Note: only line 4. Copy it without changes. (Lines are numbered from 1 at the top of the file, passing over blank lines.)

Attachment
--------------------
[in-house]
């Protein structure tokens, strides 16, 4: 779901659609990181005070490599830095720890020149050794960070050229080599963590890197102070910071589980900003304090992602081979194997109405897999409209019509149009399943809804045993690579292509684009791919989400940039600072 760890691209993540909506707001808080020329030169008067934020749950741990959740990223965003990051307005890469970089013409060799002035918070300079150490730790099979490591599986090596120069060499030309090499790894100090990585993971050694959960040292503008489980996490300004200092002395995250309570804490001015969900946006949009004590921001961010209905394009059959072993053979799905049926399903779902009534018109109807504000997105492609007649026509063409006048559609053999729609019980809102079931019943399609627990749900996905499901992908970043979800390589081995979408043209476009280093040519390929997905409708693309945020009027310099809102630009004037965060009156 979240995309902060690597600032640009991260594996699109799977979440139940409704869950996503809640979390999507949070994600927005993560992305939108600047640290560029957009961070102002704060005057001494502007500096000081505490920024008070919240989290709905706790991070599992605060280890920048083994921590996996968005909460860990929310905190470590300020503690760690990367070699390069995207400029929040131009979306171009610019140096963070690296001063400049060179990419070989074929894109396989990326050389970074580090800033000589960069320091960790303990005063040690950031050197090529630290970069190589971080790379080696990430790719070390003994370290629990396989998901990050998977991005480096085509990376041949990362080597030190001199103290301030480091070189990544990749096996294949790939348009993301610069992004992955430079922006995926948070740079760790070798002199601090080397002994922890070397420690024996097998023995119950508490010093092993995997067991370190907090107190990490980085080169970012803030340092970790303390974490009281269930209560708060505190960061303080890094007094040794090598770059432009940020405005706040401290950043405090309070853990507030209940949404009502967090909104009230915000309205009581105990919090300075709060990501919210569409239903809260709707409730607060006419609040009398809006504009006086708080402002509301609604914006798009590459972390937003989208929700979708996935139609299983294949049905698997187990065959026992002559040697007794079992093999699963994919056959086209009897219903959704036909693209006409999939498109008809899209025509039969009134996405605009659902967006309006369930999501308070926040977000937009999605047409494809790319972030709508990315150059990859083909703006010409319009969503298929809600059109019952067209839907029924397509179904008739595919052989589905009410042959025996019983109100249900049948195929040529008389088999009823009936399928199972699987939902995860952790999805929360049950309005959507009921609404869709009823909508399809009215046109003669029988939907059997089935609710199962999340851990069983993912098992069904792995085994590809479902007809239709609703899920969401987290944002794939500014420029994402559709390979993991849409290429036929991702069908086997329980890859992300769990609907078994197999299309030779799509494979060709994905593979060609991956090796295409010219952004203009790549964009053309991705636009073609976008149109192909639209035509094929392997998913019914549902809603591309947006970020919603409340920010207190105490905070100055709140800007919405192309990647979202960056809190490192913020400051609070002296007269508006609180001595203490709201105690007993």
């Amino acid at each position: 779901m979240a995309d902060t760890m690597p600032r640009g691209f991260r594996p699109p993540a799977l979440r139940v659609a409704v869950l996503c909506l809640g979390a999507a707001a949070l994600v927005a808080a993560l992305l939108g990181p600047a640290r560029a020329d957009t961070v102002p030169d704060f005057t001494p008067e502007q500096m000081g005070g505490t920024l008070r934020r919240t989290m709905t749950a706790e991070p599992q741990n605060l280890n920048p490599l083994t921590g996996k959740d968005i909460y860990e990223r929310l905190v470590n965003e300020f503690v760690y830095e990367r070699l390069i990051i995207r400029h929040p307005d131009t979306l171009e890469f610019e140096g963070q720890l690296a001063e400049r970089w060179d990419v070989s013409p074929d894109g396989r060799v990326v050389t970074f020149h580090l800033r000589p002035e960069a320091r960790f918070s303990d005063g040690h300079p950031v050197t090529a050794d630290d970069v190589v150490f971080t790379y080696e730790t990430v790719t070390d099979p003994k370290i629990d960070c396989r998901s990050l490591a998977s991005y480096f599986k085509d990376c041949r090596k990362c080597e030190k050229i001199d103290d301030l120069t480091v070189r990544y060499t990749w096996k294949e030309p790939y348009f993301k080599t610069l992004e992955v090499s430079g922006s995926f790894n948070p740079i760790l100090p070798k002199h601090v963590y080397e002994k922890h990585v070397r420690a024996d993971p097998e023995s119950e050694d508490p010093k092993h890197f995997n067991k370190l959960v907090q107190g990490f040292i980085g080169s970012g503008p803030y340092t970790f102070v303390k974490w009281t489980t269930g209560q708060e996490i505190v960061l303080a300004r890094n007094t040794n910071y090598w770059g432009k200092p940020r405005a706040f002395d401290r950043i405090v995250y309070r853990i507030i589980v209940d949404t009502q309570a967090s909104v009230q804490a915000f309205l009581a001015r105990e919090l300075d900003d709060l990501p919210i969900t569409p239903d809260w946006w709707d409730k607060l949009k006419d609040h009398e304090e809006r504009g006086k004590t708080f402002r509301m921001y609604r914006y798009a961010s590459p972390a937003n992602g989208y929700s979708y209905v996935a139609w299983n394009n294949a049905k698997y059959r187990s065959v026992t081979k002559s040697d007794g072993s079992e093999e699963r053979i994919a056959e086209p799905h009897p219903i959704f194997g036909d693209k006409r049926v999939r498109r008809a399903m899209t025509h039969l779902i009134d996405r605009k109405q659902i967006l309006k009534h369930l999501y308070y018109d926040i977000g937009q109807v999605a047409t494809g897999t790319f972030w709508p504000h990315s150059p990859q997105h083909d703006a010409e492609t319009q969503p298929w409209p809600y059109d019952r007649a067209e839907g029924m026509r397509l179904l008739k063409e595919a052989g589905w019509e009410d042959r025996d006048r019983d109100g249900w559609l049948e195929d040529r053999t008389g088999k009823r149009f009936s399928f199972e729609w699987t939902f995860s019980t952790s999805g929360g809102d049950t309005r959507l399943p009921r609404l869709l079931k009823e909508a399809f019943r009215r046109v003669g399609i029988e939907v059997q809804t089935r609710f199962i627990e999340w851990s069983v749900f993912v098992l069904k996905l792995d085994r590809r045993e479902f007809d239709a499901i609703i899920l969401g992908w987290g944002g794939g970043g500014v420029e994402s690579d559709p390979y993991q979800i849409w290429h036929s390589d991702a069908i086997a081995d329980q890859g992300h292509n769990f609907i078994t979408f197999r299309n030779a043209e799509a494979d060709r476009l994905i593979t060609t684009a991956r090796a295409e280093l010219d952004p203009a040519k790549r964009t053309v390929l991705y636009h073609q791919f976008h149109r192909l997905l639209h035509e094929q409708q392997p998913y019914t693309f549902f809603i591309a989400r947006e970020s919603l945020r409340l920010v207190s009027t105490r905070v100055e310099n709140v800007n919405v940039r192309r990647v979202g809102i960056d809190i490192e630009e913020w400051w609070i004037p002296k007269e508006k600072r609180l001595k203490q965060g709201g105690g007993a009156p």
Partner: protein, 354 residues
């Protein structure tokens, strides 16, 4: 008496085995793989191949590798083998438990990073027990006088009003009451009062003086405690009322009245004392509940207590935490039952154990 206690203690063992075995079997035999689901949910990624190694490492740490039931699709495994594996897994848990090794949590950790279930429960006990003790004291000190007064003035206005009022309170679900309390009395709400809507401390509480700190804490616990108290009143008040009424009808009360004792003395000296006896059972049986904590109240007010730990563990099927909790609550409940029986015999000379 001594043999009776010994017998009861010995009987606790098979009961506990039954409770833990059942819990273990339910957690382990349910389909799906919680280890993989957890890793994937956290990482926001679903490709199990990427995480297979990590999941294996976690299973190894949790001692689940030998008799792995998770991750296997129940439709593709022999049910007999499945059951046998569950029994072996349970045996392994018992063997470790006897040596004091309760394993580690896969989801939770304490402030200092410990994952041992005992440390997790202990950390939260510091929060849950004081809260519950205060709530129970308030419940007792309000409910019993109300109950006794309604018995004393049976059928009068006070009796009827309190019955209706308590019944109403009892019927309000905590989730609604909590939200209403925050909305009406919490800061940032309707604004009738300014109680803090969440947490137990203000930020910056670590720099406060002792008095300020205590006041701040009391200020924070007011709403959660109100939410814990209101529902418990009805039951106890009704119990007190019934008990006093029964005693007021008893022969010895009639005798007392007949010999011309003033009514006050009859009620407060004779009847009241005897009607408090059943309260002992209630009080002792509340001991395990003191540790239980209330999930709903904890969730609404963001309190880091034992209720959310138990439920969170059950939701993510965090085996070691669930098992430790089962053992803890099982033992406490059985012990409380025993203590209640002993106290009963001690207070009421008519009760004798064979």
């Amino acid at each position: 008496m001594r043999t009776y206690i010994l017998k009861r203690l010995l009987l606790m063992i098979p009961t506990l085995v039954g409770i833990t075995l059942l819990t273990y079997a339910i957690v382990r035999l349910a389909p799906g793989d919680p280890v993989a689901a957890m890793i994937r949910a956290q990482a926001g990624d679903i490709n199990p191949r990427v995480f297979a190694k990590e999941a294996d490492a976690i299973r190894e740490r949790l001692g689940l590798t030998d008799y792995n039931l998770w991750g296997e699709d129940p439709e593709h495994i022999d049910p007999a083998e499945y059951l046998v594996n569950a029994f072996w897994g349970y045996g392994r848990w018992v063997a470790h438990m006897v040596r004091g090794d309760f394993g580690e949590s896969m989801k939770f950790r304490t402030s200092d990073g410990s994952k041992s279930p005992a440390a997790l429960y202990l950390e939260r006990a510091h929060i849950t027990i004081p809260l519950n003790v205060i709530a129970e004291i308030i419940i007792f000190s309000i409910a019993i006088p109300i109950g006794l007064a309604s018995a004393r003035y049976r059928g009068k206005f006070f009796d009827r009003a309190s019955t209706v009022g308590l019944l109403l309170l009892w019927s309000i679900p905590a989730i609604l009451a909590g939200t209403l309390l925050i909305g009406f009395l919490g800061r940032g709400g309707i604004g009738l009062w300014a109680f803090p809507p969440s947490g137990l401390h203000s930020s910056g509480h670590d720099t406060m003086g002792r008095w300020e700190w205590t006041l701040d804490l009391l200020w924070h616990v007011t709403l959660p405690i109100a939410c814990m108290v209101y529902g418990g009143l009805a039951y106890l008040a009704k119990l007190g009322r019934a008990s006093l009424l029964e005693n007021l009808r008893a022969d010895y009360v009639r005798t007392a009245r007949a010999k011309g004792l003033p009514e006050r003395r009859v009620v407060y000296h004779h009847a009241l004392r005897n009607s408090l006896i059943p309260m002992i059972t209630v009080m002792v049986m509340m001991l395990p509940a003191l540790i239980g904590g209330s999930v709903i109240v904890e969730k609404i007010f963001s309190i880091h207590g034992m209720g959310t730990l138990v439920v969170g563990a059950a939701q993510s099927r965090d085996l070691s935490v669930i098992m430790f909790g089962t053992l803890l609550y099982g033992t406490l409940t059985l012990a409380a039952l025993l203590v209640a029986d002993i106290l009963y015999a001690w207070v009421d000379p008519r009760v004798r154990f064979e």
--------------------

Partner: protein, 354 residues